How a sense of community makes us think more positively

The courtyard at Kindred

Humans are obsessed with happiness. So much so that we have structured our entire society around the pursuit of it, including coining the concept of positive thinking: if you face life’s challenges with optimism, you can affect positive changes and achieve your goals.

There’s sound logic behind this, but being a perpetual optimist is much easier said than done.

What does it take to move through the world and be hopeful, upbeat, and positive by default? Some answers to this question are specific to you and others are universal truths. Having a sense of belonging and community is one of the latter.

We’re social creatures first

The need to belong has deep roots in the human psyche. Since humans have existed, we have been deeply dependent on our group members: copying skills and practices, learning how to survive, and gaining access to food, shelter, and protection from attack.

This reliance on our peers has significantly shaped our brains, giving us the skills to understand the mental states of others, work and cooperate with others, and to be able to learn from their behaviour.

Feelings of belonging within groups of people can provide stability, and make us feel like we are part of a larger identity with shared values and experiences

If we humans are hardwired to function successfully and to seek acceptance within a group, then this is the foundation from which we can function securely and view the world as a more favourable place.

Belonging gives us a sense of purpose

Academic researcher Eric Klinger in 1998 said that “The human brain cannot sustain purposeless living”, adding his voice to the scores of philosophers who argue that having a meaningful life is a foundational pathway to happiness. In fact, some in today’s field of positive psychology argue that a sense of meaning most strongly and significantly impacts life satisfaction.

Feelings of belonging within groups of people can provide stability, and make us feel like we are part of a larger identity with shared values and experiences. This can motivate us to pursue wider, collective goals (recycling, volunteering at a soup kitchen) and to behave in ways we imagine are ‘for the greater good’.

In 2013, a team of researchers set out to investigate whether a sense of belonging was related to a person’s perception that their life was meaningful, and to no-one’s surprise, confirmed that yes, it absolutely is.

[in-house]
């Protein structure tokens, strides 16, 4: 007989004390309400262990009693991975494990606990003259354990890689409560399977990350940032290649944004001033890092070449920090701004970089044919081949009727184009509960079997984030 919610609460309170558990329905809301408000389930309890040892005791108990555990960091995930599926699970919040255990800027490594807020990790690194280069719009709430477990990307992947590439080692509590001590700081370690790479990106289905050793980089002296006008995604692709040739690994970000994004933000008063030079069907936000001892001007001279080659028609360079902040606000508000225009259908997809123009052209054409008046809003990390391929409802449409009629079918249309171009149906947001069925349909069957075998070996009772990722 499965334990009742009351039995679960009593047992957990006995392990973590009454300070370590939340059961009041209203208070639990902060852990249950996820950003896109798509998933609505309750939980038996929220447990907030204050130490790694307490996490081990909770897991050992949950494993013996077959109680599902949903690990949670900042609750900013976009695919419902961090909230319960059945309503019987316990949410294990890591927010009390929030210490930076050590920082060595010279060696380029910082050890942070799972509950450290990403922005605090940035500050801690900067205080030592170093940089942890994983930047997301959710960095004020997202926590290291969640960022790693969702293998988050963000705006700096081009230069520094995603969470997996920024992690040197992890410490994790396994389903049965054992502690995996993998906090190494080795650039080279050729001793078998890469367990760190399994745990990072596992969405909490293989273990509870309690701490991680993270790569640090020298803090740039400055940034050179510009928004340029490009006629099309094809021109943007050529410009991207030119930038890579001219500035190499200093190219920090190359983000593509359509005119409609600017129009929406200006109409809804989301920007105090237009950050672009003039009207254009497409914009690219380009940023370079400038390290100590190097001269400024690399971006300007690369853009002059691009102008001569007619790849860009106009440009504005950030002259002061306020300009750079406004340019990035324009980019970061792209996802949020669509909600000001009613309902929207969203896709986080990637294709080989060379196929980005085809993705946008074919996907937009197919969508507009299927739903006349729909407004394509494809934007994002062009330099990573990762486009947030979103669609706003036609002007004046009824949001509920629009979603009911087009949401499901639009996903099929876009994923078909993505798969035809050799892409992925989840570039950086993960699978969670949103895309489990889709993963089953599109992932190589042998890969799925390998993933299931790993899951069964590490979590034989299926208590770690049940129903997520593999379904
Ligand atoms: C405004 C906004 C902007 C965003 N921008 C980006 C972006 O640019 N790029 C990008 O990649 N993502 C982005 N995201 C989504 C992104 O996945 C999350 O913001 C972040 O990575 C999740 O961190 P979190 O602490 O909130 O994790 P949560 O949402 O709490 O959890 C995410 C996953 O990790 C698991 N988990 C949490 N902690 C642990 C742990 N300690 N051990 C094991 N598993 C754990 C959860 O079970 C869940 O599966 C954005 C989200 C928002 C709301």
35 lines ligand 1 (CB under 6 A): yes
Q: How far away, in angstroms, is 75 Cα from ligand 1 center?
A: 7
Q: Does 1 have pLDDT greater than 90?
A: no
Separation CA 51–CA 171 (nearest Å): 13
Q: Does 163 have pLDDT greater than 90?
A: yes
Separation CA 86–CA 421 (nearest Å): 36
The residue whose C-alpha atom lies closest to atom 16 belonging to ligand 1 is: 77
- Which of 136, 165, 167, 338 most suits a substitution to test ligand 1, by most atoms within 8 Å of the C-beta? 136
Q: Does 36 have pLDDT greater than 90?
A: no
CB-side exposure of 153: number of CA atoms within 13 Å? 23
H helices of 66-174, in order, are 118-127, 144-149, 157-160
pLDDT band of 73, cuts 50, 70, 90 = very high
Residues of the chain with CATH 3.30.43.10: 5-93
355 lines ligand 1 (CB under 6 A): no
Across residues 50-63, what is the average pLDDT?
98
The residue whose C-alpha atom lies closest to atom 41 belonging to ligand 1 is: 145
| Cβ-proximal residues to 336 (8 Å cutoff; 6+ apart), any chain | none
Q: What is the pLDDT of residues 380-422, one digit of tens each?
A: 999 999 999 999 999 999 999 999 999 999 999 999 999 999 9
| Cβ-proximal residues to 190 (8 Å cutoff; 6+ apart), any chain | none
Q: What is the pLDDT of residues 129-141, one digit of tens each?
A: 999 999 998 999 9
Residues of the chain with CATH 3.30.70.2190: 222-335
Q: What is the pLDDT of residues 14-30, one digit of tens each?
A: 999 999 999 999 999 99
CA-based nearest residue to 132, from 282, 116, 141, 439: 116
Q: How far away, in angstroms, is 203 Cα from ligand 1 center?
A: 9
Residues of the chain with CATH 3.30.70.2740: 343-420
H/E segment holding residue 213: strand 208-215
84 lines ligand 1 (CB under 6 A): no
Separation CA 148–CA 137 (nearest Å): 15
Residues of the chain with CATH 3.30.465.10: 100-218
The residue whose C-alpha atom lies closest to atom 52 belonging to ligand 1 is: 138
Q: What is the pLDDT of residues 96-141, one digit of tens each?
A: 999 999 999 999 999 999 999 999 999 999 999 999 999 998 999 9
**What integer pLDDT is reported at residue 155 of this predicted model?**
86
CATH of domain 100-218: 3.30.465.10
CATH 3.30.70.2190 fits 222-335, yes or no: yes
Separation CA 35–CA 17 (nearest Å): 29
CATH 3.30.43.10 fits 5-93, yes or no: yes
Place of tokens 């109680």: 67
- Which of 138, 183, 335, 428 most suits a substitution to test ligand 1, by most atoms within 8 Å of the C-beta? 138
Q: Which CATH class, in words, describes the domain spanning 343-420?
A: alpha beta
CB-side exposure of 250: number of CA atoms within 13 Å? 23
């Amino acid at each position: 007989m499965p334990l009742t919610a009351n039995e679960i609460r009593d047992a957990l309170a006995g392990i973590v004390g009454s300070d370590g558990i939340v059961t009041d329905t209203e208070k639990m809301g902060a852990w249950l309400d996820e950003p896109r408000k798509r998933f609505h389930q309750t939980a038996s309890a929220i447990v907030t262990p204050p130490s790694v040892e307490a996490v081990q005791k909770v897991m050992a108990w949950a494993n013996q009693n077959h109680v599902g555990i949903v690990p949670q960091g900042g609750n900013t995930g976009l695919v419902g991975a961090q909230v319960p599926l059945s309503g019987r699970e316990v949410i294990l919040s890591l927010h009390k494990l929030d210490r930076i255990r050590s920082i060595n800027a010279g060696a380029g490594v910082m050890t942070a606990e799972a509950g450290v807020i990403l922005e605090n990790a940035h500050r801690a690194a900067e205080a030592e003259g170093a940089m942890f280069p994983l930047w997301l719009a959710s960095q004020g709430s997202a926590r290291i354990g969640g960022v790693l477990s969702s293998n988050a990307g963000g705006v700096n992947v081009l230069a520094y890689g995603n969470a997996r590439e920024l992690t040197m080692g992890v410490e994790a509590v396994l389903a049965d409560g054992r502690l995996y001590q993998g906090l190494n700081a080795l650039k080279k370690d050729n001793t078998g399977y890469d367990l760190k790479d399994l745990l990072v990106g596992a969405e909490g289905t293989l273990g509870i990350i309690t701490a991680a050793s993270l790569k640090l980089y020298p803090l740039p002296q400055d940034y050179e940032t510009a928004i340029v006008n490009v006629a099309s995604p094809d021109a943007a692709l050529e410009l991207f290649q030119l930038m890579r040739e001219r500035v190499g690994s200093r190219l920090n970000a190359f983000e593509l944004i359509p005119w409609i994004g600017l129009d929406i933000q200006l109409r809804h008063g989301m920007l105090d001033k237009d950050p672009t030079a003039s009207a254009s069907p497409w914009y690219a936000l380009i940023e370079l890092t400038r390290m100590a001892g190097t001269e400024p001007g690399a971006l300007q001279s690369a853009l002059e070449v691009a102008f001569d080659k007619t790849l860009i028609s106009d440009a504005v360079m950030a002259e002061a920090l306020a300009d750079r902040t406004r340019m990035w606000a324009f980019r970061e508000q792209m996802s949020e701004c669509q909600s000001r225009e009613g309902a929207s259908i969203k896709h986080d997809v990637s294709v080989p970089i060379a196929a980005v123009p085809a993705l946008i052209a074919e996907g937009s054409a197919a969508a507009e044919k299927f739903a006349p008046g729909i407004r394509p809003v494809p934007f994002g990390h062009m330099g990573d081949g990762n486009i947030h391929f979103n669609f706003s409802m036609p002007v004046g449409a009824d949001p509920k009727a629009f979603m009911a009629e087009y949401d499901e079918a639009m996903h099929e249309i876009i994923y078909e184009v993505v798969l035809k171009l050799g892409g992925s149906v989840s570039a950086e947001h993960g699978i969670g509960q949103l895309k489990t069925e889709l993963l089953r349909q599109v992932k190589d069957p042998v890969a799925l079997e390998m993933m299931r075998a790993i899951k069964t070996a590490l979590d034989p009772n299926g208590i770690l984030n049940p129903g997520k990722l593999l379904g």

Community support is protective

Consider some of the worst social issues of our time: domestic violence, child abuse and neglect, poverty, and homelessness. While a variety of factors may enable situations like this, one that social workers look for in their assessments is a strong community network.

Support networks have a direct emotional impact on us that helps to enhance our personal resilience to stress

“Having a strong community network would be seen as a protective factor,” says Kindred co-Founder and former social worker Anna Anderson. “Problems emerge in families when they are cut off and alone, and don’t know who to turn to for support. If there was a better, stronger culture of community in this country, a lot of vulnerable people would be more confident to reach out for support earlier.”

Support networks can not only help to relieve particular burdens we’re dealing with, but also have a direct emotional impact on us that helps to enhance our personal resilience to stress and decrease the impacts of trauma.

Isolation and mental health

“The medical and social care professions have long understood the link between social isolation and an increase in mental health issues,” says Anna. “And these issues don’t discriminate. People are often surprised when I tell people I had a fairly even spread of poor and wealthy families on my caseload as a social worker.

“Often, my most severe domestic violence cases were in wealthy families, living in big beautiful London houses, where the women were totally isolated and barely seen. Even though they’d be less than thrilled to have a social worker in their lives, they’d often say they enjoyed my visits as it was the only human contact they got where someone listened to them.”

“A strong, supportive community is incredibly beneficial. Humans need each other”

You don’t need to be a psychiatrist to understand how isolation, and feeling we don’t belong, can hurt our mental health. Regardless of other factors that might make our lives more secure, and therefore with more headspace for optimism, we can still feel alone and like we don’t matter.

This is precisely why Anna started Kindred: to rekindle a sense of community, particularly within our country’s busy capital. “A strong, supportive community is incredibly beneficial. It makes people more resilient to adversity, it enables them to reach out for support before things get worse, and it helps them feel seen,” she says.

“Humans need each other. Though we think we’re all incredibly advanced and have evolved beyond the need of a community, I would say the steep rise in mental health issues would say otherwise.”

Kindred are temporarily closed during the COVID lockdown but are more committed to our community than ever. We have opened our online community to everyone, with weekly events, check-ins, and opportunities to laugh and connect with each other. While we are closed, we have been touched by messages asking how our community can support us. If you would like to, and are able, learn more about how you can help us during this time.

Monica Karpinski

Monica Karpinski works with Kindred on digital and content strategy, including brand storytelling. She is the Founder & Editor of The Femedic, a media and research platform for women's health, and writes widely on health and gender inequalities.

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